It’s not the first time I’ve cried, Verna.

Feb 16, 2022 | 0 comments

Verna Oller, January 2007

When I saw the picture of Verna Oller on the front page of the Observer today — the picture I took of her back in 2007 —  I began to tear up.  I knew the article would be going over old information and putting yet a different spin on the justification for no pool in Long Beach.  I found I couldn’t blog about it again.  Instead, I’m re-posting a story I wrote almost twelve years ago.  Just a reminder that some things don’t change…no matter how much they should.

No Fanfare; Only a Swimming Pool
By Sydney Stevens
May 2010

In October 2007 when Verna Oller left her home of 73 years and moved a few miles away to the Circle of Life Adult Family Homes she said, “No more Wall Street Journal.”  She was looking forward to a final and full-time retirement and that included backing away from her careful handling of her investments –  all five million dollars worth!  For more than twenty-five years she had followed ins and outs of her investments in each day’s newspaper.  She had decided to give that a permanent rest.

That lasted about two months and then she made arrangements to have the newspaper delivered once again.  By then the economic recession was fully upon us and though Verna stuck by her resolve to no longer manage her investments, she monitored them every day.  She shook her head as she watched her five million dollars dip well below the four million dollar level, observing that we were in too much debt and that “they” were “a bunch of crooks.”  Then, finally, things began to turn around.

Verna was hopeful that she would live to see her funds restored in full.  That was not to be but, according to her trustee, Guy Glenn, she lived long enough to see that her money was making significant gains.  “And remember,” he adds, “her money is still working.”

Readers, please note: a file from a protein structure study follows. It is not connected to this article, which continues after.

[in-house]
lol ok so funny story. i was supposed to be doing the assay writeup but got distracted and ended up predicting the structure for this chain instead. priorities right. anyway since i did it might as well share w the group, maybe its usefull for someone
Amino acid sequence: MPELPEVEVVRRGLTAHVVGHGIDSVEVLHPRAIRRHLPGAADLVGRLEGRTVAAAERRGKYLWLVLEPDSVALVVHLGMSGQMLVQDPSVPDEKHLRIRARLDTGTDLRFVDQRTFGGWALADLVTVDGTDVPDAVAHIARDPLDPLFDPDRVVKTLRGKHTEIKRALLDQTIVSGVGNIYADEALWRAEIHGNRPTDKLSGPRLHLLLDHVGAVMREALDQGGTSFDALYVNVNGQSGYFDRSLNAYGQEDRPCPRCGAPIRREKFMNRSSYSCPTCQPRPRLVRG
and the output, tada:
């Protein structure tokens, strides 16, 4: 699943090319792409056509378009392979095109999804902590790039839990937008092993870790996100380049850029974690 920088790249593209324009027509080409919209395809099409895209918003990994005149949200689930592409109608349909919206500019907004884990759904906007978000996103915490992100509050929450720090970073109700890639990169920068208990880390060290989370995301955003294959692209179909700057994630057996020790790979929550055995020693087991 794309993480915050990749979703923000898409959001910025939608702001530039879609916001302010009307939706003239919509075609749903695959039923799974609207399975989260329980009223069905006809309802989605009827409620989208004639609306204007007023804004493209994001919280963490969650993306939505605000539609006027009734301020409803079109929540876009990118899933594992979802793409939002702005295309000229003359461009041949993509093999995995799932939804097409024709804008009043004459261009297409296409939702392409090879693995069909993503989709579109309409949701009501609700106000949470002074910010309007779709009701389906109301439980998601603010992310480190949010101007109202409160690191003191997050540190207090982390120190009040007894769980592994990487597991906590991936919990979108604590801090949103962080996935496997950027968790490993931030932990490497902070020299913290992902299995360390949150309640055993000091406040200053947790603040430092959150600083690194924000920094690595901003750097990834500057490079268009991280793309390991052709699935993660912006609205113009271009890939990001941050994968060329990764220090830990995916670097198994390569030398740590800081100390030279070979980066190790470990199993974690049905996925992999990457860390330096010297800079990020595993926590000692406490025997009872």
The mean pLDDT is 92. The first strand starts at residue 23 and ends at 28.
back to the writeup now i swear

Long Beach said “NO” to Verna’s pool!

In the weeks and months ahead, the arrangements that Verna specified will be worked out.  One million “off the top” will go to local education:  $500,000 to the Ocean Beach Education Foundation and $500,000 to the Verna S. Oller Foundation to be used for student scholarships and teacher grants, the terms of which she carefully specified.  The rest of the legacy will be put into the Verna S. Oller Aquatic Foundation.  Verna’s first desire was that those funds be used to build a public swimming pool in Long Beach.

 “One of the unusual things about Verna,” according to Andrea Noonan, Circle of Life Director, “was that she never looked back.  I never heard her say she missed her home or wished things were different now.  She was always looking and planning for the future.”

Astoria Aquatic Center – What Verna wanted for Long Beach

Verna’s legacy goes far beyond her four and a half million dollars. What she leaves us is the memory of her huge heart, of her generosity far beyond what might seem possible, and her amazing humility.  She absolutely insisted that her secret be kept until her death – and that even then, she wanted there to be no fanfare about it.  She wanted no obituary, no funeral or memorial service, nothing special.  Just a swimming pool and some help for our schools.




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